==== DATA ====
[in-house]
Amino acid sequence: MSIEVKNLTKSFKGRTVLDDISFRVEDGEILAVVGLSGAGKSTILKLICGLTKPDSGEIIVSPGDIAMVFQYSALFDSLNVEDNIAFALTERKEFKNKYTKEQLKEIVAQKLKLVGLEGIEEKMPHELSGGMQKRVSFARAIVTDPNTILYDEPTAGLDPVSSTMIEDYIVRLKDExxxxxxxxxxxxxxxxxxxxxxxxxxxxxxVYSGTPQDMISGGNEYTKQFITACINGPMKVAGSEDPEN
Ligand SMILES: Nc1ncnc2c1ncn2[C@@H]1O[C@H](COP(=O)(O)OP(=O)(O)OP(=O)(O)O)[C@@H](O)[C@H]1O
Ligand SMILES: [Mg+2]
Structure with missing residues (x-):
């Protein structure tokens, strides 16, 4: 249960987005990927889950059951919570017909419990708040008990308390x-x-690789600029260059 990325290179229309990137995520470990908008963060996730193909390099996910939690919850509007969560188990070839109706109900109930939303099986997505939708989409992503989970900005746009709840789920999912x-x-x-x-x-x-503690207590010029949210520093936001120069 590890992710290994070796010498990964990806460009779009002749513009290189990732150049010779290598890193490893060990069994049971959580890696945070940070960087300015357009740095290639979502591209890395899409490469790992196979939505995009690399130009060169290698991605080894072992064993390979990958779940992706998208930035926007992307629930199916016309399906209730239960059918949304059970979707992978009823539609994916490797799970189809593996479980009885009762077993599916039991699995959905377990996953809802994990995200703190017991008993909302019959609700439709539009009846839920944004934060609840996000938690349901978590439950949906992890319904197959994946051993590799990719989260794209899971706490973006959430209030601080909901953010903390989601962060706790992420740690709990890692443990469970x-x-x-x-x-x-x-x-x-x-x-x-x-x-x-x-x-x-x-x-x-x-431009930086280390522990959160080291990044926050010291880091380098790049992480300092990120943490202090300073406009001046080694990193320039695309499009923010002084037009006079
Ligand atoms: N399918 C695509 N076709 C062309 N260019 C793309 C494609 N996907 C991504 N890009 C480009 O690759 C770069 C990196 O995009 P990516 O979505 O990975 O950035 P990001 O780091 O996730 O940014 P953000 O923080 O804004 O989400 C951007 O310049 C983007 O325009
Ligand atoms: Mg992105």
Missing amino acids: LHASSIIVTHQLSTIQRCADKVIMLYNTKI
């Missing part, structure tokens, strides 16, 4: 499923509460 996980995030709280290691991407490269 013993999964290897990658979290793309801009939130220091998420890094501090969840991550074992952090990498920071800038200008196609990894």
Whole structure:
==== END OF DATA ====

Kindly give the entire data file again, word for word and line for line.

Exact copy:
[in-house]
Amino acid sequence: MSIEVKNLTKSFKGRTVLDDISFRVEDGEILAVVGLSGAGKSTILKLICGLTKPDSGEIIVSPGDIAMVFQYSALFDSLNVEDNIAFALTERKEFKNKYTKEQLKEIVAQKLKLVGLEGIEEKMPHELSGGMQKRVSFARAIVTDPNTILYDEPTAGLDPVSSTMIEDYIVRLKDExxxxxxxxxxxxxxxxxxxxxxxxxxxxxxVYSGTPQDMISGGNEYTKQFITACINGPMKVAGSEDPEN
Ligand SMILES: Nc1ncnc2c1ncn2[C@@H]1O[C@H](COP(=O)(O)OP(=O)(O)OP(=O)(O)O)[C@@H](O)[C@H]1O
Ligand SMILES: [Mg+2]
Structure with missing residues (x-):
């Protein structure tokens, strides 16, 4: 249960987005990927889950059951919570017909419990708040008990308390x-x-690789600029260059 990325290179229309990137995520470990908008963060996730193909390099996910939690919850509007969560188990070839109706109900109930939303099986997505939708989409992503989970900005746009709840789920999912x-x-x-x-x-x-503690207590010029949210520093936001120069 590890992710290994070796010498990964990806460009779009002749513009290189990732150049010779290598890193490893060990069994049971959580890696945070940070960087300015357009740095290639979502591209890395899409490469790992196979939505995009690399130009060169290698991605080894072992064993390979990958779940992706998208930035926007992307629930199916016309399906209730239960059918949304059970979707992978009823539609994916490797799970189809593996479980009885009762077993599916039991699995959905377990996953809802994990995200703190017991008993909302019959609700439709539009009846839920944004934060609840996000938690349901978590439950949906992890319904197959994946051993590799990719989260794209899971706490973006959430209030601080909901953010903390989601962060706790992420740690709990890692443990469970x-x-x-x-x-x-x-x-x-x-x-x-x-x-x-x-x-x-x-x-x-x-431009930086280390522990959160080291990044926050010291880091380098790049992480300092990120943490202090300073406009001046080694990193320039695309499009923010002084037009006079
Ligand atoms: N399918 C695509 N076709 C062309 N260019 C793309 C494609 N996907 C991504 N890009 C480009 O690759 C770069 C990196 O995009 P990516 O979505 O990975 O950035 P990001 O780091 O996730 O940014 P953000 O923080 O804004 O989400 C951007 O310049 C983007 O325009
Ligand atoms: Mg992105």
Missing amino acids: LHASSIIVTHQLSTIQRCADKVIMLYNTKI
């Missing part, structure tokens, strides 16, 4: 499923509460 996980995030709280290691991407490269 013993999964290897990658979290793309801009939130220091998420890094501090969840991550074992952090990498920071800038200008196609990894």
Whole structure: